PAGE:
Chigirin Campaigns of 1677–78

The following article is from The Great Soviet Encyclopedia (1979). It might be outdated or ideologically biased.

Chigirin Campaigns of 1677–78


campaigns of the Russian Army and Ukrainian cossacks during the concluding period of the Russo-Turkish War of 1676–81, when Turkish troops undertook two sieges of the city of Chigirin, the most important political and strategic center of the southern Ukraine.

In the first Chigirin campaign, the Turkish Army, commanded by Ibrahim Pasa, advanced from the Danube in late June 1677 and on August 3 laid siege to Chigirin, where it was joined by more than 40,000 Crimean Tatars. The city garrison withstood a number of attacks and undertook several sorties. The joint Russian-Ukrainian forces, led by Prince G. G. Romodanovskii and the hetmán I. Samoilovich, crossed to the right bank of the Dnieper on the night of August 26 and crushed the Turkish Army in a decisive battle.

In the second campaign, the Turkish Army, led by the vizier Kara Mustafa, approached Chigirin on July 9, 1678, and began constructing siege works. The Russian Army, having crossed the Dnieper, won a major battle on July 12. In bitter fighting from August 1 to August 3, the Russian Army repulsed the Turkish Army beyond the Tisman River. However, because Romodanovskii missed the opportunity of completely surrounding the Turkish troops, the Turks seized Nizhnii Gorod, and on the night of August 11, the Russian garrison abandoned the fortress. A new battle on August 19 ended in a Russian victory. On August 20, the Turkish troops began retreating. The reverses suffered by the Turks near Chigirin presaged the failure of the aggressive plans of the Ottoman Empire with respect to the Ukraine.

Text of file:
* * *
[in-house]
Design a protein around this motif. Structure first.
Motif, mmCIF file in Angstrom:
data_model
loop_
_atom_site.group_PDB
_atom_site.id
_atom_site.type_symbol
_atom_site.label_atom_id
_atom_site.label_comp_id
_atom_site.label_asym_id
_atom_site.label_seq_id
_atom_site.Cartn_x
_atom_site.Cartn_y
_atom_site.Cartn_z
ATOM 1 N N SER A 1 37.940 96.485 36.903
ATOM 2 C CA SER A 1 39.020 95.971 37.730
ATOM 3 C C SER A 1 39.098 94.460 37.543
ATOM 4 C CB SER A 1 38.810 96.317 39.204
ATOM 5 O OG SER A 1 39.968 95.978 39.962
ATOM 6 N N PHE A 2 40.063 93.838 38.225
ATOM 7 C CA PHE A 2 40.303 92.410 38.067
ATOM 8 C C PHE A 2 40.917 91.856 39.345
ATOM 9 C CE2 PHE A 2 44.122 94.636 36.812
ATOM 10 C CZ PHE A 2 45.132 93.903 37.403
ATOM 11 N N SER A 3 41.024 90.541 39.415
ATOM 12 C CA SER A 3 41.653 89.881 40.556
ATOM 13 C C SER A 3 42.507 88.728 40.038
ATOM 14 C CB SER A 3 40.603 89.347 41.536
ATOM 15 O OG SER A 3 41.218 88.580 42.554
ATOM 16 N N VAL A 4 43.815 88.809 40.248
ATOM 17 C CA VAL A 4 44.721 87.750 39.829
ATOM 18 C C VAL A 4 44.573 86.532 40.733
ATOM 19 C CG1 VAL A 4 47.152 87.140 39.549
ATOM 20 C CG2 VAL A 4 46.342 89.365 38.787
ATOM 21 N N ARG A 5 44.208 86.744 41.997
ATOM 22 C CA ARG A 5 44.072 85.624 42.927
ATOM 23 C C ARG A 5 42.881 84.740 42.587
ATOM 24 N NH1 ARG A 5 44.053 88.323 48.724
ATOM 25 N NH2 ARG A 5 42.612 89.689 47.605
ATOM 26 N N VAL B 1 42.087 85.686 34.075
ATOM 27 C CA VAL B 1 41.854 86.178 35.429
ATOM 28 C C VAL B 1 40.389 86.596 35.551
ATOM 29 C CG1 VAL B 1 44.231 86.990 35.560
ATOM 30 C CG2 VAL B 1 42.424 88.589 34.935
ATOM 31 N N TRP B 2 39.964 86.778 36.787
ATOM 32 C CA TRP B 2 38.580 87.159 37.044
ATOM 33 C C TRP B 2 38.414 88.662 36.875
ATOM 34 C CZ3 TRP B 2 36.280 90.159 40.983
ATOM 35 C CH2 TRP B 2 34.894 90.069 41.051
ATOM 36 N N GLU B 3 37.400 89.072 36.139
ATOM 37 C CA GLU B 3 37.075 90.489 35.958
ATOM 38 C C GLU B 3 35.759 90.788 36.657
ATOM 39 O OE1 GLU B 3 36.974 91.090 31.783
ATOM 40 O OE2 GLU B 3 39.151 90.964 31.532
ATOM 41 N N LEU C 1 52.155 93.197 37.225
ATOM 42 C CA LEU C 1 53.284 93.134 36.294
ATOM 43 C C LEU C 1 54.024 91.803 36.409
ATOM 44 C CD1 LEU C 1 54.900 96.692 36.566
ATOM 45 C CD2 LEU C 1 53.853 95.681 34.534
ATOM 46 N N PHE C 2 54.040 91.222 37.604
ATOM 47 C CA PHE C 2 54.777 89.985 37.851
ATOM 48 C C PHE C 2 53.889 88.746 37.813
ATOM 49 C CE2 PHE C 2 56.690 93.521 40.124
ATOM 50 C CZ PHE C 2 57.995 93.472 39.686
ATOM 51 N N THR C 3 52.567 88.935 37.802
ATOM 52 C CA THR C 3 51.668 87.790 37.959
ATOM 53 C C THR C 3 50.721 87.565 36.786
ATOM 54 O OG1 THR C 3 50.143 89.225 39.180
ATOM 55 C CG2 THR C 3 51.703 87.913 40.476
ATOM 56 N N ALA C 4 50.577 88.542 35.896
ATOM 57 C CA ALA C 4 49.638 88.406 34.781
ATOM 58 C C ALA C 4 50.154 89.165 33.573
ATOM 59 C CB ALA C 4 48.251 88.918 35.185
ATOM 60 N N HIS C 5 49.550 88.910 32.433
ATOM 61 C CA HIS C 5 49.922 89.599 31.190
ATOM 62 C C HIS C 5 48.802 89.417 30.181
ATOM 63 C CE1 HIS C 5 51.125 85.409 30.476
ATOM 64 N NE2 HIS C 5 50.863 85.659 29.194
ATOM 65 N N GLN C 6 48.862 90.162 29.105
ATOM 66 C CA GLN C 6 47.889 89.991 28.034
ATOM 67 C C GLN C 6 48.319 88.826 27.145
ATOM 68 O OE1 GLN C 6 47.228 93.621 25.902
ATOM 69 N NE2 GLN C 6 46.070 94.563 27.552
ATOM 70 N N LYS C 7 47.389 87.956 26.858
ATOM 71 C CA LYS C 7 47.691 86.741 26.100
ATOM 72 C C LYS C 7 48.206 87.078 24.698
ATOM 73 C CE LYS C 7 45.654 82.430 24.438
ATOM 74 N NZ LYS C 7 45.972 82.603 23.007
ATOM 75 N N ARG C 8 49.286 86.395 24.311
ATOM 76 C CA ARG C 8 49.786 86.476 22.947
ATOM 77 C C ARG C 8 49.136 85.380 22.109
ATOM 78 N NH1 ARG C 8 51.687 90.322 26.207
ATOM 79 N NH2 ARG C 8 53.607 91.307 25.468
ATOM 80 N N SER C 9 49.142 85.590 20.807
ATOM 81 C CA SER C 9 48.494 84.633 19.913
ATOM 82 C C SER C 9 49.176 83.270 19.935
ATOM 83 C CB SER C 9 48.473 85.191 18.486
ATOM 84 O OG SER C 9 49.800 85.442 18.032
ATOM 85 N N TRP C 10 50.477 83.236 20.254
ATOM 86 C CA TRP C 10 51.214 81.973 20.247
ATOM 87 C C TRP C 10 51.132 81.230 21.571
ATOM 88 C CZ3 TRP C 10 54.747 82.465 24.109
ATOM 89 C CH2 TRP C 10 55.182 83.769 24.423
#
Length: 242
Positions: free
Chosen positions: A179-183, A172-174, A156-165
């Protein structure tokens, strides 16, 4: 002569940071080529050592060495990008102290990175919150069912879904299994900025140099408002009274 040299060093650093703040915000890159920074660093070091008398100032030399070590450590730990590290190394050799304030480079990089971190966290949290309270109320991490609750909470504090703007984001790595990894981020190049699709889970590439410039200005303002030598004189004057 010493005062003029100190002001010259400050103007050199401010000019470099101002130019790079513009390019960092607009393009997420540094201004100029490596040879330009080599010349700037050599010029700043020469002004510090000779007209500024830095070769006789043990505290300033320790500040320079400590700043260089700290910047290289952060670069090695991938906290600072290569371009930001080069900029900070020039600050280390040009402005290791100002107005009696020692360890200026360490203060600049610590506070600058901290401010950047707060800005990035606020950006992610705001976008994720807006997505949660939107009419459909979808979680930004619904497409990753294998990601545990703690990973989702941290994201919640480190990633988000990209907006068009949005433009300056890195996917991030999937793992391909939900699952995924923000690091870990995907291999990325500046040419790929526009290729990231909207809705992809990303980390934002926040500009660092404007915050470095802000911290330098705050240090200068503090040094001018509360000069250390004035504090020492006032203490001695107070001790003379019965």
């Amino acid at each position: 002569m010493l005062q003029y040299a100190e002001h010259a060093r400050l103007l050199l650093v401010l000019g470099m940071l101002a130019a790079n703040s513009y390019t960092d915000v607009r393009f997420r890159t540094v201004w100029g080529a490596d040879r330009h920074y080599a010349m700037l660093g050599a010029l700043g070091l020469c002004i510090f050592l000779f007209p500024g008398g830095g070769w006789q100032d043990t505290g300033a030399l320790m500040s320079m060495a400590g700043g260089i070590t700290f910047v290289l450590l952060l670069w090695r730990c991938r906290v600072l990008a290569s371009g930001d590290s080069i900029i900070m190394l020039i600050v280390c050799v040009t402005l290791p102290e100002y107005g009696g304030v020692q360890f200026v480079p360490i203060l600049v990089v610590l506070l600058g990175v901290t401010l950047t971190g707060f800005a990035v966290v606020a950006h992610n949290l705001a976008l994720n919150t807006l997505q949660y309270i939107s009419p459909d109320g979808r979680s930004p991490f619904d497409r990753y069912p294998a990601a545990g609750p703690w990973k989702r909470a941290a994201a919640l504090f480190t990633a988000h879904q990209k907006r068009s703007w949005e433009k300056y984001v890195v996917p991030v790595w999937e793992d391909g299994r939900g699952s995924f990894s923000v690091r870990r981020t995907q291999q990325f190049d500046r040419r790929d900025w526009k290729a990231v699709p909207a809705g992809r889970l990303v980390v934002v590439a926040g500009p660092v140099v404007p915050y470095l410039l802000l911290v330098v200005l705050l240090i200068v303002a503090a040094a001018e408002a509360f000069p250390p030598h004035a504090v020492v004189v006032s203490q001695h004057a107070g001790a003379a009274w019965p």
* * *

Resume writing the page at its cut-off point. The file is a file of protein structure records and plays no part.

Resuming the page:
Smirnov, N. A. Rossüa i Turtsiia v XVI–XVII vv., vol. 2. Moscow, 1946.
Ocherki istorii SSSR: Period feodalisma, XVII v. Moscow, 1955.
The Great Soviet Encyclopedia, 3rd Edition (1970-1979). © 2010 The Gale Group, Inc. All rights reserved.